The Russian press site of software giant Microsoft may have gotten a little overzealous today and posted a screen shot showing off the new UI for Internet Explorer 9. The preview builds have this far shown no evolution of the interface, but everyone was expecting some big changes come the beta. Immediately after the image was posted, it was pulled back down, but ZDNet's Mary Jo Foley managed to grab the image first.
What we're looking at here is a vastly different look for Microsoft's browser. Frankly, that's a good start as IE8 was starting to look ancient compared to other browsers. The window is much more minimalist. Toward the left there are back and forward buttons, then immediately to the right is a unified Search/URL bar. As we continue across the top of the window, we come upon the tab area, which is on the same level as the URL bar. We can assume this area will dynamically shrink the Search/URL bar as more tabs are open. It could get cluttered, but will offer more space for the web page.
There really isn't much more to the interface. The Home, Favorites, and Menu icons are over on the right, much like Chrome. The top of the window has the Windows Aero glass effect going on, also like Chrome. The Russian site also mentions "tear off tabs" which will be an extension of Aero Snap for viewing tabs in a split screen view. We're very interested to see how this browser looks when the bets is finally released. Sources have previously stated that should happen in September. What are your thoughts about the new Internet Explorer UI?
The day is almost at hand folks, Microsoft has just made it known that the first beta for the upcoming Internet Explorer 9 will be available on September 15. There will be a lunch event on that day where developers will show off "the beauty of the web." Well, eye-rolling tag lines aside, it will be interesting to see if Microsoft can manage to put out a solid browser after previously faltering.
Internet Explorer 9 has been made available as a developer preview since March. In the intervening months, the browser has sped up, and become more standards compliant. Microsoft is building in support for the HTML5 web standard as well. The UI of the preview builds has not been that of the final build. We're hoping for Microsoft to really knock our socks off with a new and innovative design. We should find out on September 15. What would it take for you to get back on Microsoft's browser?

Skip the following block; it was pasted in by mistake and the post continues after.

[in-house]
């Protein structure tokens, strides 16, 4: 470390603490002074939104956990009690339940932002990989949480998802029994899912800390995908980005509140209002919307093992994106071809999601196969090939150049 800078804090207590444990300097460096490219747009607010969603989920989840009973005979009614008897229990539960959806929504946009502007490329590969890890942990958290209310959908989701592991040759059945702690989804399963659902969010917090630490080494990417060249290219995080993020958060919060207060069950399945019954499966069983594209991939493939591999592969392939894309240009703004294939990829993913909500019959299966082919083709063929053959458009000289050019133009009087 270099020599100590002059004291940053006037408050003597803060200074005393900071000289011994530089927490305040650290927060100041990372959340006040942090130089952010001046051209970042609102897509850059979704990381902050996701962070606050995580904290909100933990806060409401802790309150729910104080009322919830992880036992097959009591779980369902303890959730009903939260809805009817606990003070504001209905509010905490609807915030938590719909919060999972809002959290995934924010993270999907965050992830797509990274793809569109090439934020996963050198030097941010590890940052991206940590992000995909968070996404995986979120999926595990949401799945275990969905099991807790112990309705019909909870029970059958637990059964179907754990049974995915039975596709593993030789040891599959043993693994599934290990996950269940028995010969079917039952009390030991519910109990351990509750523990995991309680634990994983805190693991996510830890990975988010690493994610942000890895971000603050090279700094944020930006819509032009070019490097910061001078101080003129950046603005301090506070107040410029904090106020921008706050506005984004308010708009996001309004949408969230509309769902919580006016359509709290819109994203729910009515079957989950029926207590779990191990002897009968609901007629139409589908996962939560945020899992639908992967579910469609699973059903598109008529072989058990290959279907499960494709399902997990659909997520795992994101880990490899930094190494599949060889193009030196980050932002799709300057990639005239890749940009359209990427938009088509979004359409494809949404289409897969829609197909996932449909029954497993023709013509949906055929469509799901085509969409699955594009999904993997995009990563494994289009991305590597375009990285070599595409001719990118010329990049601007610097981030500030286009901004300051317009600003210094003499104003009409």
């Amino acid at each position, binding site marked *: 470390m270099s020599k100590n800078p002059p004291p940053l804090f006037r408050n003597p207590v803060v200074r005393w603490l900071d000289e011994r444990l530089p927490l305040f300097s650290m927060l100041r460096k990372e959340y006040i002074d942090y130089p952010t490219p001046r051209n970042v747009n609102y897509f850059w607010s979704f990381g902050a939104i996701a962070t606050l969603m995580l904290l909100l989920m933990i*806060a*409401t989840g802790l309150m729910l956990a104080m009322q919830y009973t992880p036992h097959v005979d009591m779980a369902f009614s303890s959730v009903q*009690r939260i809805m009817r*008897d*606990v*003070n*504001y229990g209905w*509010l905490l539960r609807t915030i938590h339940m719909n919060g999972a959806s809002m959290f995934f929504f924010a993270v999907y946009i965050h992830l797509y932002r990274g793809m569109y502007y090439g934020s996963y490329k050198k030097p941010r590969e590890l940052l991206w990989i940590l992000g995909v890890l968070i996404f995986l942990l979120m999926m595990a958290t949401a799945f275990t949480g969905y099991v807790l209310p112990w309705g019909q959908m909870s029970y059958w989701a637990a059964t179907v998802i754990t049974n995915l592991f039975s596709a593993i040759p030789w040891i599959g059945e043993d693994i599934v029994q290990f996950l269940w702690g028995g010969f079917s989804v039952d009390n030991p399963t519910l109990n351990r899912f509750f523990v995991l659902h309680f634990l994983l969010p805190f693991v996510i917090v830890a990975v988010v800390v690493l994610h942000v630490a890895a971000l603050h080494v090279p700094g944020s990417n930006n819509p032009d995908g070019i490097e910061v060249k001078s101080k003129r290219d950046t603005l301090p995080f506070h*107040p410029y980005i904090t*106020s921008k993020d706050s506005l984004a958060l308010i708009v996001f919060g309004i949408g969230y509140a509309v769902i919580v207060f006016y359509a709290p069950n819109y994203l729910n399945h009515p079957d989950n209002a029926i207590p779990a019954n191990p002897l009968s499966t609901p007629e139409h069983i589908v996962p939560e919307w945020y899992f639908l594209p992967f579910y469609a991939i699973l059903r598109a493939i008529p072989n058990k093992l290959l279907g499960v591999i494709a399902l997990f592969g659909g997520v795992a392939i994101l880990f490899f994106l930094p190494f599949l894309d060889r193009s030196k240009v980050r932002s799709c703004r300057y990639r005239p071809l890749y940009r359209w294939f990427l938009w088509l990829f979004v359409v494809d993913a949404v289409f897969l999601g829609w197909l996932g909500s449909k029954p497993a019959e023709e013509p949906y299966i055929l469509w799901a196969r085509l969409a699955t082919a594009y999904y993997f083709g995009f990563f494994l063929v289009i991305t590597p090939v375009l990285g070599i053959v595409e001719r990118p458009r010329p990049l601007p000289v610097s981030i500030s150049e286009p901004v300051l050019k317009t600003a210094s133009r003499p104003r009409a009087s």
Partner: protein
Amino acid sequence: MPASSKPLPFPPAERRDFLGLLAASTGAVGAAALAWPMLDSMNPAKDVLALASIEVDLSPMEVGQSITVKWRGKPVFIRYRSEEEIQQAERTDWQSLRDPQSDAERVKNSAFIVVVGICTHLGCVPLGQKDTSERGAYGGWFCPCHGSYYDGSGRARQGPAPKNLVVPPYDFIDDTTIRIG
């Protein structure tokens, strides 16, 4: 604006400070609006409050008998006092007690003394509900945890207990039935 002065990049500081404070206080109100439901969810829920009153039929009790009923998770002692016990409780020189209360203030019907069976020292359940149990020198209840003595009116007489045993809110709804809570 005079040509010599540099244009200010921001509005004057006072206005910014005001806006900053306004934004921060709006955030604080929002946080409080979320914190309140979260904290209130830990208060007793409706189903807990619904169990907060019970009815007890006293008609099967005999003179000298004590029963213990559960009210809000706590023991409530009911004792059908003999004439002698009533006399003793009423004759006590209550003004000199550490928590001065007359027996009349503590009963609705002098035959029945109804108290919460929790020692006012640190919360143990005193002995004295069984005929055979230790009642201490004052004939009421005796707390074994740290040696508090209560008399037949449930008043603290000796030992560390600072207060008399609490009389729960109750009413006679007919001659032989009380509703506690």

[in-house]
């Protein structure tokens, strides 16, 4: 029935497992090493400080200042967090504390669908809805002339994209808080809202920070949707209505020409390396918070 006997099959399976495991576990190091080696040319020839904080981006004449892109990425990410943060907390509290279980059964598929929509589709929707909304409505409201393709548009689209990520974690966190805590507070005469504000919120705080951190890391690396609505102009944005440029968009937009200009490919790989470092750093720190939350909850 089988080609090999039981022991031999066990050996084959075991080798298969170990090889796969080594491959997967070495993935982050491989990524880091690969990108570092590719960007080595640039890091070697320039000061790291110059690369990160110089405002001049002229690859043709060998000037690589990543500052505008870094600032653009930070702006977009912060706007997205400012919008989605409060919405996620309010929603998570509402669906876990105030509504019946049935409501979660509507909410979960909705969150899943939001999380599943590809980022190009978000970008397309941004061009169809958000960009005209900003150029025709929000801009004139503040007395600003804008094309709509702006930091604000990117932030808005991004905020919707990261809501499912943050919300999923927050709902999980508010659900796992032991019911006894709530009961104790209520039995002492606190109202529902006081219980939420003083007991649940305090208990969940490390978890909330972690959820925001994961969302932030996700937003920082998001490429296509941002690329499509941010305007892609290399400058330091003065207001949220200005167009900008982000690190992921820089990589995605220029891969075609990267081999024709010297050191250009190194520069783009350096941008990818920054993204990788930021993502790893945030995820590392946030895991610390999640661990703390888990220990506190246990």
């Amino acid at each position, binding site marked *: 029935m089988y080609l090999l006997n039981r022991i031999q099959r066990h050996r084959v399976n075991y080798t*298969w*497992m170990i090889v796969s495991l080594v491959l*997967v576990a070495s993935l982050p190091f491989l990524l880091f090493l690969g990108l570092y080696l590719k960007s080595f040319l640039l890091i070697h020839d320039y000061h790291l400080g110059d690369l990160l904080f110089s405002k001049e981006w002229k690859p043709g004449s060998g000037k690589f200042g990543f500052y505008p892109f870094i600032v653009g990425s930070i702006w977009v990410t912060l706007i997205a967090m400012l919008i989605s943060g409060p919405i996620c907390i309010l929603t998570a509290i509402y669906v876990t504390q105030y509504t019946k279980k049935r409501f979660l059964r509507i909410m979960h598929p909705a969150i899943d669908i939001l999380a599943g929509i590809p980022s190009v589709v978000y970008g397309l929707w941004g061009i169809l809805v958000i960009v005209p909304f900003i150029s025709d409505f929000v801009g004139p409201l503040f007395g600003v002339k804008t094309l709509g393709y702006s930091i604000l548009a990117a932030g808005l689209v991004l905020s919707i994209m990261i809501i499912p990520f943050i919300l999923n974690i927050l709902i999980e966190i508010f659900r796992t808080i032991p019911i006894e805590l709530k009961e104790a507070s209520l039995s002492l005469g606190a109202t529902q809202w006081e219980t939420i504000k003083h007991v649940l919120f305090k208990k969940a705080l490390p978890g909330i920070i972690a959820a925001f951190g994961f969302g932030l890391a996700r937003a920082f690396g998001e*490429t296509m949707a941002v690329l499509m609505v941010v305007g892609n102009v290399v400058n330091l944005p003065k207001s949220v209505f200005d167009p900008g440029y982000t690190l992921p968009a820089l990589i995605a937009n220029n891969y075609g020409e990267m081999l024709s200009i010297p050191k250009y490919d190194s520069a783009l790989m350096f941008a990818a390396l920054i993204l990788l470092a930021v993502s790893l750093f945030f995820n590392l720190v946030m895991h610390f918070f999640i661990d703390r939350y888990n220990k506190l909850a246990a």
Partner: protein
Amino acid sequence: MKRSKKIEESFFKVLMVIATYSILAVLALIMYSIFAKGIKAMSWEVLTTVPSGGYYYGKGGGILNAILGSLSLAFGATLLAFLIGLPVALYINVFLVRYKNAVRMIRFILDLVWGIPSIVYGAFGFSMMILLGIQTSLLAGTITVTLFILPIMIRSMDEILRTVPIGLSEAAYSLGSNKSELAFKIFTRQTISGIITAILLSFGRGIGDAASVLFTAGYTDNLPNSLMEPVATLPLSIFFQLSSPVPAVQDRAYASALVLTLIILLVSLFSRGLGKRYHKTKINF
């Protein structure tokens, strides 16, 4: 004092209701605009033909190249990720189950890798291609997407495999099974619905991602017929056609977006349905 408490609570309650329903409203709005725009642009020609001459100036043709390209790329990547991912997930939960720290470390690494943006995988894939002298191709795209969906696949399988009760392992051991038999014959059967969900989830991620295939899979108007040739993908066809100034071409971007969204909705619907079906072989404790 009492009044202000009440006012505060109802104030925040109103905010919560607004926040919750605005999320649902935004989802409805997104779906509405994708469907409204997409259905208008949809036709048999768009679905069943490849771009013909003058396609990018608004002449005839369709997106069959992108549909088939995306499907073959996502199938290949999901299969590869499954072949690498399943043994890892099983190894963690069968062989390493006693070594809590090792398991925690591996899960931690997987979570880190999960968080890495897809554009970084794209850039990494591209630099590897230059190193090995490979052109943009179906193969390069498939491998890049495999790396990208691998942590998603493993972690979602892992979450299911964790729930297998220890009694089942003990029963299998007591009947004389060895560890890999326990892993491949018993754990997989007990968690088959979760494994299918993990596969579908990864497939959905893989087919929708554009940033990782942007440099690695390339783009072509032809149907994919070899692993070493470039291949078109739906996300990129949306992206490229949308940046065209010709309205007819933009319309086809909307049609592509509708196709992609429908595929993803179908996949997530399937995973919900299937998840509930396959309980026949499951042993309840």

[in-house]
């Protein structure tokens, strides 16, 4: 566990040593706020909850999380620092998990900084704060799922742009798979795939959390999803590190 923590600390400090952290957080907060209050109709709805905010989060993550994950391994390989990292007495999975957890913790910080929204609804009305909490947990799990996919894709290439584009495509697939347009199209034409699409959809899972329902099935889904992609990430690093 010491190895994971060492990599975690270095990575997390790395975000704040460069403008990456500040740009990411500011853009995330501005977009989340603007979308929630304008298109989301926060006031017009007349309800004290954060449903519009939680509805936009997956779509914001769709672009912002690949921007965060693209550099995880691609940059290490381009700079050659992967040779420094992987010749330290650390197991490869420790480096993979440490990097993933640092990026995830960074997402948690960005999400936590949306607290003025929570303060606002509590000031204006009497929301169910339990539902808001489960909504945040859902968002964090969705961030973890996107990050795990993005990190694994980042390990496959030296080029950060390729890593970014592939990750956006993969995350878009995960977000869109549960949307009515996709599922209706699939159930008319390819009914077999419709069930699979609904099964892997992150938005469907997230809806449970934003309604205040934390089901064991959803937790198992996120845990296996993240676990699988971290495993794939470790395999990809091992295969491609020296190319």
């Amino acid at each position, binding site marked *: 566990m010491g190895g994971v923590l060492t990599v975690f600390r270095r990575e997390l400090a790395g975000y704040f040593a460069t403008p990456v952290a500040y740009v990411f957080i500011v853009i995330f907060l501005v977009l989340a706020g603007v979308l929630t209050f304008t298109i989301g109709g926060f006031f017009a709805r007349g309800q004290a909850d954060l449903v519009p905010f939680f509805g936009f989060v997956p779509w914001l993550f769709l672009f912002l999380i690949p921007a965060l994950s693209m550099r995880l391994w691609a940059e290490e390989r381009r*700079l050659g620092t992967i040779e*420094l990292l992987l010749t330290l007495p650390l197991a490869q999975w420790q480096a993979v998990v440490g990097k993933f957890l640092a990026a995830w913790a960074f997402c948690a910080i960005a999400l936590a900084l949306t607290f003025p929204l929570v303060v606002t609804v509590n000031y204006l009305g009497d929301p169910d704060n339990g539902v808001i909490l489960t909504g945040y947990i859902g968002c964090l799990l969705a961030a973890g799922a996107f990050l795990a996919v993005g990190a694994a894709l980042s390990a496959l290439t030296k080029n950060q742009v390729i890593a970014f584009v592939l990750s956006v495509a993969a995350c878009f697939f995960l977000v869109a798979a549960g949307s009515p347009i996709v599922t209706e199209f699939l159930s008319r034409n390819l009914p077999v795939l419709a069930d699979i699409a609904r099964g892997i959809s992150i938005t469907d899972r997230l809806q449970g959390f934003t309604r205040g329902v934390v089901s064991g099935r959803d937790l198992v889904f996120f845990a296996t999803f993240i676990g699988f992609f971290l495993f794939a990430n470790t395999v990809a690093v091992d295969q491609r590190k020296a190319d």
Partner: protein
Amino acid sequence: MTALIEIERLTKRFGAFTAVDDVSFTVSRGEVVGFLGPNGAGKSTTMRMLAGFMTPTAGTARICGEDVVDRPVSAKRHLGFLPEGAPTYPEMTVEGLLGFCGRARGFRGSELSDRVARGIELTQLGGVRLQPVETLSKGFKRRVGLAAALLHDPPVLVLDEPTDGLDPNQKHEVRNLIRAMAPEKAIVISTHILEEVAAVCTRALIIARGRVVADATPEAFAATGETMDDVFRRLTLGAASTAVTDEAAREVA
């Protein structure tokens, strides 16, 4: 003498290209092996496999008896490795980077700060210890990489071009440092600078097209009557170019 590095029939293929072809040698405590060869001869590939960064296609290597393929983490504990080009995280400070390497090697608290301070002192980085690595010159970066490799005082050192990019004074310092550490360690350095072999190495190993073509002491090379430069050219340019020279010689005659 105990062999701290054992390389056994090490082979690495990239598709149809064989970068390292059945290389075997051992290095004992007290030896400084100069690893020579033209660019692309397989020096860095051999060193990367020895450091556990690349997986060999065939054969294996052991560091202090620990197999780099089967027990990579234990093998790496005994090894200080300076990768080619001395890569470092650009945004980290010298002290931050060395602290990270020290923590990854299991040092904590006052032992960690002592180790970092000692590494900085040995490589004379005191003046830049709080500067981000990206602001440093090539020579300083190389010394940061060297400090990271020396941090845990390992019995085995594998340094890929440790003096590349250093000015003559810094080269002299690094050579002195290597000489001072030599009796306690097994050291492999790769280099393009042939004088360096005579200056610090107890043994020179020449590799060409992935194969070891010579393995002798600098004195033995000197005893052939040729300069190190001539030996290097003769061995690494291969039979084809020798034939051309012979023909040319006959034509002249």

The UI changes are the most noticeable to users. The color scheme has been made more metallic, and less blue. The stop/refresh button has been removed from the end of the address bar, and given its own spot at the left of the interface. The options have been condensed to one button as well. These changes make more space for extension icons.
We're not under any illusion that people refrain from running ad blocking extensions in their browsers (though we do hope your favorite technology site is on the whitelist). The Chrome Adblock extension (which many of you probably use) has added a new trick that brings it up to par with the Firefox Adblock Plus extension. It can now block ads from loading at all, not just remove them from the rendered page. In doing so, Adblock developer Michael Gundlach has made known a feature that only recently found its way into Chrome.
The so-called "beforeload" event was added to the Webkit trunk, and eventually made its way into Chrome. It was not contributed to Webkit by Google, but By Apple, who uses the same engine for their Safari browser. Googler Aaron Boodman said of the situation, "Thank Apple. They added it to WebKit. We just inherited it." Boodman also has pushed for the open Chromium project to allow better blocking options in the name of privacy.
So Chrome users can't say Apple never did anything for them anymore. Do you run an Adblocker in Chrome? Have you noticed a difference
The first beta for Firefox 4 was released yesterday, and brought with it a host of new features. One thing we were hoping for was a significant speed boost that would bring the popular open source browser up to parity with the likes of Chrome and Safari 5. Well, keeping in mind that this is a beta, things aren't looking great in the speed department.